8. Transparency works. Ask the telcos about Network Neutrality.
Transparency has in the past proved to be quite effective. Indeed, almost a decade ago the Network Neutrality debate was ignited by reports that some Telcos were using Deep Packet Inspection (DPI) equipment to delay or block certain types of traffic, such as peer-to-peer (P2P) traffic from BitTorrent and other protocols. Unnoticed among scores of public statements and discussions, groups of computer scientists started building simple to use tools to check whether a broadband connection was being subjected to P2P blocking. Similarly, tools were built to test whether a broadband connection matched the advertised speed. All a user had to do to check whether his ISP was blocking BitTorrent was to visit a site and click on a button that launches a series of test and … voila. Verifying actual broadband speeds was made equally simple. The existence of such easy to use tools seems to have created the right incentives for Telcos to avoid blocking while making sure they deliver on speed promises.
9. Market, self-regulation, and regulation, in that order.
Most of the work for fixing data protection problems should be undertaken by the market. Regulators should alway be there to raise the bottom line and scare the bad guys. Independent audit makes sure self regulation is effective. It gives it more credibility since it can be checked by independent parties that it delivers on its promises.
10. The tools are not going to build themselves. Get busy!
Few slides from my talk at Columbia University during DTL Conf’16. Summary of the review process and some advice on what to do and what to avoid in future calls. Slides here.
If only I had a penny for every time I’ve heard this aphorism!
True, most typology studies out there as well as our own experiences verify that currently most of us act like the kids that rush to the table and grab the candy in the classic delayed gratification marshmallow experiment: convenience rules over our privacy concerns.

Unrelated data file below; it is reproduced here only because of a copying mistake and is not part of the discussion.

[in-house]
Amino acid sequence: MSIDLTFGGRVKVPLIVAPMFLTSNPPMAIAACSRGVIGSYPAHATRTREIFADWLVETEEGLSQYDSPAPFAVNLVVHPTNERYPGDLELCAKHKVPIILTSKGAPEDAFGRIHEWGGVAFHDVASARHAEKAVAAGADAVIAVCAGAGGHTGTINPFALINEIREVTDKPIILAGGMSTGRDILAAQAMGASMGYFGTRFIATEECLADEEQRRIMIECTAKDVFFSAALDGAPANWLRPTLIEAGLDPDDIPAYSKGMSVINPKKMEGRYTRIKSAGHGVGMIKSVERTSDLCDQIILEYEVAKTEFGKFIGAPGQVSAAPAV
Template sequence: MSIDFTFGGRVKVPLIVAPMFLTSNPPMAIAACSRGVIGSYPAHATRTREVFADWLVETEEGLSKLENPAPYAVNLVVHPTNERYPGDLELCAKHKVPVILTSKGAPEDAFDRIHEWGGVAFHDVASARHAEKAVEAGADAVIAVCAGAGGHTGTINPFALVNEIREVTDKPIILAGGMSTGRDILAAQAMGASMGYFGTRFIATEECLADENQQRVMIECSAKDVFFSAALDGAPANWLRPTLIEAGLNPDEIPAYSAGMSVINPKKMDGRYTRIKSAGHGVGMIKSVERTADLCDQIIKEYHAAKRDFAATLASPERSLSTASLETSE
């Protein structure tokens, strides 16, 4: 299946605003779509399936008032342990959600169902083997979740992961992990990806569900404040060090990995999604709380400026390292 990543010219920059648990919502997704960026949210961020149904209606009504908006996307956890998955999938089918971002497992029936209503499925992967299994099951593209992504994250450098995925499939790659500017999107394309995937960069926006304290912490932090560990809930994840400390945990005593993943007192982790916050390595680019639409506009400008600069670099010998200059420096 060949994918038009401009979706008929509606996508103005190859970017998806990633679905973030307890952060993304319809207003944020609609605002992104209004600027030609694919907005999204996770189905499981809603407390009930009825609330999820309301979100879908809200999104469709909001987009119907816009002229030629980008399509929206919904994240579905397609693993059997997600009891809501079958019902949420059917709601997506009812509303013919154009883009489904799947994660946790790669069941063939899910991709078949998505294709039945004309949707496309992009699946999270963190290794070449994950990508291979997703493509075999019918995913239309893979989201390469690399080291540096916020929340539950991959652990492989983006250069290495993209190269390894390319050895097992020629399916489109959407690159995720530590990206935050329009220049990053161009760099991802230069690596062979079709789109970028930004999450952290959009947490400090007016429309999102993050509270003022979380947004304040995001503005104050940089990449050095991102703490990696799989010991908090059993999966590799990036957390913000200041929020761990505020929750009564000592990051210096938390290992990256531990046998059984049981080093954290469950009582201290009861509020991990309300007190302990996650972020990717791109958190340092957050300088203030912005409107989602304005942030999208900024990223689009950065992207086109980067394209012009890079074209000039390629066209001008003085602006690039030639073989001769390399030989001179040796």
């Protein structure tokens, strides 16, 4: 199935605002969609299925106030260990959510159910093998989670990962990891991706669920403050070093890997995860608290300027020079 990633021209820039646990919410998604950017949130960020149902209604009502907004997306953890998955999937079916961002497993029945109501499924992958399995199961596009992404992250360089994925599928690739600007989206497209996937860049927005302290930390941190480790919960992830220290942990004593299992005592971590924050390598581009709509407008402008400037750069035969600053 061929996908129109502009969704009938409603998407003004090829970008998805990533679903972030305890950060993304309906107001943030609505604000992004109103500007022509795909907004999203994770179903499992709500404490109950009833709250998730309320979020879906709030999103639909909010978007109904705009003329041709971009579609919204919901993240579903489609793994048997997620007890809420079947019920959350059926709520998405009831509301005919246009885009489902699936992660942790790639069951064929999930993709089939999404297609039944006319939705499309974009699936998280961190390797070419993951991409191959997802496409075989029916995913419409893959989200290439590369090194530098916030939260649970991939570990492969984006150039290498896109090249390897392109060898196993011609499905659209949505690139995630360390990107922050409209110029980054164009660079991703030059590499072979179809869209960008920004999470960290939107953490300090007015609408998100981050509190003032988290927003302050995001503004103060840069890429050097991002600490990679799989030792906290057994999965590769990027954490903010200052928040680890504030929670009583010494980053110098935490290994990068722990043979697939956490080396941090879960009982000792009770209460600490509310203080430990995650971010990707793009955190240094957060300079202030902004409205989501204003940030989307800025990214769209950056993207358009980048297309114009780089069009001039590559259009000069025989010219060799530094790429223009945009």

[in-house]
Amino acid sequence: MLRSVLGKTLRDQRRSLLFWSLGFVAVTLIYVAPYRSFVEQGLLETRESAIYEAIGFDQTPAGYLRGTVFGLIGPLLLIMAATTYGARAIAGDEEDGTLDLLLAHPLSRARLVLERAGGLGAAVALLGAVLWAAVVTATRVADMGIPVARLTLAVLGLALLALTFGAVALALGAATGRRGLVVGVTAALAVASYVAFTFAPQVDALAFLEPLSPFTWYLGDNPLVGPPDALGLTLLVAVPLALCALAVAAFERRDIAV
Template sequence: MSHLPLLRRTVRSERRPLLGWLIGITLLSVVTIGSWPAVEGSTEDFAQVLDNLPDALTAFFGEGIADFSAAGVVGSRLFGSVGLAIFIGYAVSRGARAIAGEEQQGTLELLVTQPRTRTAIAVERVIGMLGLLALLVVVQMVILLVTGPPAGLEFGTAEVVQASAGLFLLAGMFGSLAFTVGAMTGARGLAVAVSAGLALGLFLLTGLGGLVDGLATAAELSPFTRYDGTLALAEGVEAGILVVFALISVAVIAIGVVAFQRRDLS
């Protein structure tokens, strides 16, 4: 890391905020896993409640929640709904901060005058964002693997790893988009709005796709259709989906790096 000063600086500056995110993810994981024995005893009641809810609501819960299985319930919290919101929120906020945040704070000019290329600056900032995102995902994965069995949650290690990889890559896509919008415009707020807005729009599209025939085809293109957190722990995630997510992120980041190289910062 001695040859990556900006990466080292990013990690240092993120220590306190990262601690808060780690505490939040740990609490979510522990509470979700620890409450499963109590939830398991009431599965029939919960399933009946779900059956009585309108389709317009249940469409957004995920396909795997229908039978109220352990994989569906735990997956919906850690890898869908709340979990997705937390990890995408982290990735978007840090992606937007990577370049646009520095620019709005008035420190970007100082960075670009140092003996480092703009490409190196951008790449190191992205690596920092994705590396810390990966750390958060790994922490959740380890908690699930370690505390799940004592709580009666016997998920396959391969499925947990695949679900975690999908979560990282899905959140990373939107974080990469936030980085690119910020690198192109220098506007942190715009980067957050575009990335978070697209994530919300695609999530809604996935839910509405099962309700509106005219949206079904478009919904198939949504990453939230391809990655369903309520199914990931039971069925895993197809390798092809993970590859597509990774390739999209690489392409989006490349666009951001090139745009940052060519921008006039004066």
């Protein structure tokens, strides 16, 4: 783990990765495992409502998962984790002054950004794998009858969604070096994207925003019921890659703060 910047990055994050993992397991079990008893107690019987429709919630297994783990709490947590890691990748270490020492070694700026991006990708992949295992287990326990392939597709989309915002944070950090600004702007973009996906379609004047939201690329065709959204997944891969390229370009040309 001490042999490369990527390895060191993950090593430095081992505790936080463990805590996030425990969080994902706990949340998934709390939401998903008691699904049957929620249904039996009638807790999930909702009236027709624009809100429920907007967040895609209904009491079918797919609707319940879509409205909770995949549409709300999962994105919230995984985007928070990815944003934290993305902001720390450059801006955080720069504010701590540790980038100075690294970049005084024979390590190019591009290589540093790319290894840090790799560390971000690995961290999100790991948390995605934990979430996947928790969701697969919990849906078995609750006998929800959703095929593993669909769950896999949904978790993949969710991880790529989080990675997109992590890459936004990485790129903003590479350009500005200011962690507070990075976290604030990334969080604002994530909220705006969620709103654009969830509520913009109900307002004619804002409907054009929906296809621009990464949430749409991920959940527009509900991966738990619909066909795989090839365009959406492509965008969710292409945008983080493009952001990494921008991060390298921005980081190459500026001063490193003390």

But nothing is written in stone about this. Given enough information and some time to digest it, even greedy kids learn. Just take a look at some other things we didn’t use to care about:
Never had the pleasure of walking directly into a plane without a security check but from what I hear there was a time that this was how it worked. You would show up at the airport with ticket at hand. The check-in assistant would verify that your name is on the list and check your id. Then you would just walk past the security officer and go directly to the boarding gate. Simple as that.
Then came hijackers and ruined everything. Between 1968 and 1972, hijackers took over a commercial aircraft every other week, on average. So long with speedy boarding and farewell to smoking on planes 20 years later. If you want to get nostalgic, here you go:
Since we are in the topic of smoking and given that lots of privacy concerns are caused by personal data collection practices in online advertising I cannot avoid thinking of Betty and Don Draper with cigarettes at hand at work, in the car, or even at home with the kids.
To be honest I don’t have to go as far as the Mad Men heroes to draw examples. I am pretty, pretty, pretty sure I’ve seen some of this in real life.
Where do I start here? I could list some of my own but they are nowhere near as fun as some that I discovered with a quick search around the web. Things like:
- Glass blowing kit
- Lead casting kit
- Working electric power tools for kids
- The kerosine train
- Magic killer guns that impress, burn, or knock down your friends.
Pictures are louder than words. Just take a look at The 8 Most Wildly Irresponsible Vintage Toys. Last in this list is the “Atomic Energy Lab” which brings us to:
Recreational uses of radio active materials
I love micro-mechanics and there’s nothing more lovable about it than mechanical watches. There is a magic in listening to the ticking sound of a mechanical movement while observing the seconds hand sweep smoothly above the dial. You can even do it the dark because modern watches use super luminova to illuminate watch dial markings and hands.
I am stretching dangerously beyond my field here but from what I gather, Tritium, a radio-active material, needs to be handled very carefully. Radium is downright dangerous. I mean “you are going to die” dangerous. Just read a bit about what happened to the “Radium Girls” who used to apply radium on watch dials in an assembly line in the ’20s.
But we are not done yet. Remember the title of the section is “Recreational uses of radio active materials”. Watch dials are just the tip of the iceberg. It’s more of a useful than a recreational thing to be able to read the time in the dark (with some exceptions). Could society stomach the dangers for workers? Who knows? It doesn’t really matter because there are these other uses, that were truly recreational (in the beginning at least) for which I hope the answer is pretty clear. Here goes the list: